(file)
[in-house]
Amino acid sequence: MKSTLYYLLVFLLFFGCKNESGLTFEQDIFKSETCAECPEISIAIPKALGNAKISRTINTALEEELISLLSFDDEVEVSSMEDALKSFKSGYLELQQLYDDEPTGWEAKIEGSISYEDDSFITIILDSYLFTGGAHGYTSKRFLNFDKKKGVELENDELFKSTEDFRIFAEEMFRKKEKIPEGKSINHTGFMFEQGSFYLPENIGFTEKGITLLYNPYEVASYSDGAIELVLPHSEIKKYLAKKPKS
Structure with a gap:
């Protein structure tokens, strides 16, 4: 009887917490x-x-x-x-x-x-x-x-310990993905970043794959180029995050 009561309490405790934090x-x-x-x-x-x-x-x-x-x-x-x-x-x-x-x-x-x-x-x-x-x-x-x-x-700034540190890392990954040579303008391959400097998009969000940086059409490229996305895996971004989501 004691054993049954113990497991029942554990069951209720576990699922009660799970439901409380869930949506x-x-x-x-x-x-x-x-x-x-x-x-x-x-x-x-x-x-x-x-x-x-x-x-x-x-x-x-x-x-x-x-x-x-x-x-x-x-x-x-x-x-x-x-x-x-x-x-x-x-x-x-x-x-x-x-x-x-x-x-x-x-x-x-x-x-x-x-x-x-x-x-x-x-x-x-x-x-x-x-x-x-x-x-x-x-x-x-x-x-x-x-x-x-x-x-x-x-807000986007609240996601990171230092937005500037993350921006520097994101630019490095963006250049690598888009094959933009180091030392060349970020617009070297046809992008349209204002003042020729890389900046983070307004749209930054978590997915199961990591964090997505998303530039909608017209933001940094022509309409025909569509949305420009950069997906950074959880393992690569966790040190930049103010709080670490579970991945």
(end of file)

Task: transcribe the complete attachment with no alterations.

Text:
[in-house]
Amino acid sequence: MKSTLYYLLVFLLFFGCKNESGLTFEQDIFKSETCAECPEISIAIPKALGNAKISRTINTALEEELISLLSFDDEVEVSSMEDALKSFKSGYLELQQLYDDEPTGWEAKIEGSISYEDDSFITIILDSYLFTGGAHGYTSKRFLNFDKKKGVELENDELFKSTEDFRIFAEEMFRKKEKIPEGKSINHTGFMFEQGSFYLPENIGFTEKGITLLYNPYEVASYSDGAIELVLPHSEIKKYLAKKPKS
Structure with a gap:
């Protein structure tokens, strides 16, 4: 009887917490x-x-x-x-x-x-x-x-310990993905970043794959180029995050 009561309490405790934090x-x-x-x-x-x-x-x-x-x-x-x-x-x-x-x-x-x-x-x-x-x-x-x-x-700034540190890392990954040579303008391959400097998009969000940086059409490229996305895996971004989501 004691054993049954113990497991029942554990069951209720576990699922009660799970439901409380869930949506x-x-x-x-x-x-x-x-x-x-x-x-x-x-x-x-x-x-x-x-x-x-x-x-x-x-x-x-x-x-x-x-x-x-x-x-x-x-x-x-x-x-x-x-x-x-x-x-x-x-x-x-x-x-x-x-x-x-x-x-x-x-x-x-x-x-x-x-x-x-x-x-x-x-x-x-x-x-x-x-x-x-x-x-x-x-x-x-x-x-x-x-x-x-x-x-x-x-807000986007609240996601990171230092937005500037993350921006520097994101630019490095963006250049690598888009094959933009180091030392060349970020617009070297046809992008349209204002003042020729890389900046983070307004749209930054978590997915199961990591964090997505998303530039909608017209933001940094022509309409025909569509949305420009950069997906950074959880393992690569966790040190930049103010709080670490579970991945």